Lance and Oprah: What's next for Armstrong?

Lance and Oprah: What's next for Armstrong?
Oprah Winfrey interviews Lance Armstrong, courtesy of

Chapeau Ms. Winfrey!

For non-cycling fans, that's parlance for "tip of the hat" for an extraordinary effort.  Oprah succeeded in extracting more truthfulness and humanity from Lance Armstrong than any interrogator that has ever come before her.

Unlike the talking heads and media pundits who feel it is their duty to dissect Oprah's interview as if we had just witnessed Frost-Nixon or viewed Mel Gibson's drunk driving arrest video, I will refrain from playing armchair therapist.  Lance's level of honesty and contrition really only matters to Emma O'Reilly, Betsy Andreu, Mike Anderson, Greg Le Mond, David Walsh, Floyd Landis, Tyler Hamilton, and all the other individuals Armstrong ever publicly or privately maligned as he fought to conceal his big lie.  Forgiveness belongs to all of those individuals who had a personal stake in Lance the cyclist, the cancer advocate, the brand, and the man.

Cycling, however, belongs to me.  And you.  And everyone who loves it.

We need to keep the pressure on Lance Armstrong to reveal the extent of corruption that existed (and may still exist) in the sport of professional bicycle racing.

While Oprah seemed to cover nearly all of David Walsh's suggested questions, she didn't scratch the surface when it comes to the questions that matter most to cycling fans. She touched on the alleged bribe to UCI and the influence of Dr. Ferrari, but not once did she question Lance about his long-time team director, Johan Bruyneel, or Thomas Weisel, the financial backer of the US Postal team.  I realize that the inner workings of the sport holds no interest to the drama junkies who actually located OWN on their TVs and tuned in for two consecutive nights to see Lance squirm, but it is of utmost importance in reforming cycling.

Lance stated in a very nonchalant manner that a clandestine, regimented, and scheduled doping program was as integral to winning as keeping his tires inflated and his water bottles full.  He believed that he was competing on a level playing field and had the same access to banned substances as every other rider.  Sadly, the record of every top-tier rider that was ever popped and sanctioned appears to back up his contention.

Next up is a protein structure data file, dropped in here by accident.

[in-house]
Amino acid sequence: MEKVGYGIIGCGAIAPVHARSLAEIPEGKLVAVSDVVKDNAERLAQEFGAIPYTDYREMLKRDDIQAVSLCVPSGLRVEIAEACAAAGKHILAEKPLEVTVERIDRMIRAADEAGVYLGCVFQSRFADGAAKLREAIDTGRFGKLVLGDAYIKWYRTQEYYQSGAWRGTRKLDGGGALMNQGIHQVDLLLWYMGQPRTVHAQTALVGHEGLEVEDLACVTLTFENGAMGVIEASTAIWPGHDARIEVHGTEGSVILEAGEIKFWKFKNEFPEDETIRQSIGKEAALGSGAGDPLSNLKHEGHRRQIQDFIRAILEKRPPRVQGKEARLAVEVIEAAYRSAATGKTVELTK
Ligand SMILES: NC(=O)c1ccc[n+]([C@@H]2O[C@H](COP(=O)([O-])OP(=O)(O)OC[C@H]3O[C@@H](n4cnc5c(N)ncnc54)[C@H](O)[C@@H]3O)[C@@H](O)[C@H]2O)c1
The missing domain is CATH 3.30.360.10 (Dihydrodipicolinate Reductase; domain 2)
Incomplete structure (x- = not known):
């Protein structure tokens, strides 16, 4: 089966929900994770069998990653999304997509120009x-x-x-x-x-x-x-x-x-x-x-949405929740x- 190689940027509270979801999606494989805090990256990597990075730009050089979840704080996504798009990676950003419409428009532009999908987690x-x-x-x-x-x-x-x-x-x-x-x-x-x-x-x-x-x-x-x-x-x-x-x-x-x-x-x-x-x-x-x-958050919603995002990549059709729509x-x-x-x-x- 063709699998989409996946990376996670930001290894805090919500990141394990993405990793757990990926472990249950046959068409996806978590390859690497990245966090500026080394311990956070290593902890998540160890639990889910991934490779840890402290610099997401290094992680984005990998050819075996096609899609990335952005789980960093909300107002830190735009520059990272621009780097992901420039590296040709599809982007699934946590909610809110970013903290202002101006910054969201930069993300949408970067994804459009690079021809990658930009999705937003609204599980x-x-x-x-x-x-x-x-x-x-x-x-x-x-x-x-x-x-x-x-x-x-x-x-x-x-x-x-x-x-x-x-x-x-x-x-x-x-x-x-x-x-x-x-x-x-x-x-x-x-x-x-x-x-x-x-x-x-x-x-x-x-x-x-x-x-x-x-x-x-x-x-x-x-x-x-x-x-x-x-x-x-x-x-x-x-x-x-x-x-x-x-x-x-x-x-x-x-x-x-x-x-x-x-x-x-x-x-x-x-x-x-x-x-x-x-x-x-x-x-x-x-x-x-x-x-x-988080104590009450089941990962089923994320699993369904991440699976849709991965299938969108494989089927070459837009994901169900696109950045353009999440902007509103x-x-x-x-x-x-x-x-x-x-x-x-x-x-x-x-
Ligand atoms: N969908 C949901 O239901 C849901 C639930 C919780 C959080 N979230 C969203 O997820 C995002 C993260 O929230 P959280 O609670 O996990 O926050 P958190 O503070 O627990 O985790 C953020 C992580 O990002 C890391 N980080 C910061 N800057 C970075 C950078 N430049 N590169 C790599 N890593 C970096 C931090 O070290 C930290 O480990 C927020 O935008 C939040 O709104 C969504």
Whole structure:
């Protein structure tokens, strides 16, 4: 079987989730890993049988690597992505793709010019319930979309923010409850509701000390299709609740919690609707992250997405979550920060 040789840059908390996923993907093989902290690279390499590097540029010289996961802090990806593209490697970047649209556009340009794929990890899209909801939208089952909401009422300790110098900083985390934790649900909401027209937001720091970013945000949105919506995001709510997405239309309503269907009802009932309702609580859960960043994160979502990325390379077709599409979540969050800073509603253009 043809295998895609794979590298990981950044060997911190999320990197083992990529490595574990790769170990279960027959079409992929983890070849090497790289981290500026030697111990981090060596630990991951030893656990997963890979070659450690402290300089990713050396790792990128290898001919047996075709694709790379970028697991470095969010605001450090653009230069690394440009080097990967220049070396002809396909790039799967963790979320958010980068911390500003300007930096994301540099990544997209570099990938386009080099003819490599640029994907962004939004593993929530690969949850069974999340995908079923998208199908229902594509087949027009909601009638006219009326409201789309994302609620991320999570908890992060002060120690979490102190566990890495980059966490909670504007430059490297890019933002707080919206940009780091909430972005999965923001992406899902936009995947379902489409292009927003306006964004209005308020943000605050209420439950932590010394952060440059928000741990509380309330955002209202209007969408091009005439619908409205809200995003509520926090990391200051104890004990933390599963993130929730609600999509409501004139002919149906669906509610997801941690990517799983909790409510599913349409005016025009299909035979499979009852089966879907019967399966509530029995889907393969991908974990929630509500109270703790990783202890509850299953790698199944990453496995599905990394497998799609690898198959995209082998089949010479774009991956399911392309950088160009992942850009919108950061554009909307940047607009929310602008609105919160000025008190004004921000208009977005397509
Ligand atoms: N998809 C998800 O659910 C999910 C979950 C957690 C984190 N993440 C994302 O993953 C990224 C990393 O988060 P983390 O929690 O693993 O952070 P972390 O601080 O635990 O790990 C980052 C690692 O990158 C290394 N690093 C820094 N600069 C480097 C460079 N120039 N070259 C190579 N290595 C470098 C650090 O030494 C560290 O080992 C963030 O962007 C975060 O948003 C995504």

So here's the 75 million dollar question; will Armstrong reveal everything he knows and help reform professional cycling?  Will he truly be, in his own words, "the first guy through the door"?

It has become increasingly clear to cycling fans that any meaningful reform is being obstructed by Pat Mc Quaid at UCI.  WADA and USADA doubt that the handcuffs placed on UCI's self-appointed, "independent" investigation committee will reveal the extent of doping during the Armstrong Era, let alone today.  The UCI, likewise, is blaming WADA, USADA, and all the other NADOs for failing to catch Armstrong and his teammates with in-competition doping controls.

WADA and USADA have no jurisdiction over UCI and UCI has no real desire to investigate itself.

In fact, UCI has already publicly proclaimed that Armstrong's statements during the Oprah interview have absolved the governing body of any complicity in his cover-up.  As Ryan Newill points out in his Velonews article Will Lance Armstrong help clean up the mess he's made? Stay tunedLance is predicating any future testimony on the actual convening of a truth and reconciliation commission.  It's a pretty safe bet that UCI won't let any such commission see the light of day.  With no means to influence a reduced competition ban with sworn testimony, Armstrong has no motivation to reveal any further details to USADA, WADA, or UCI.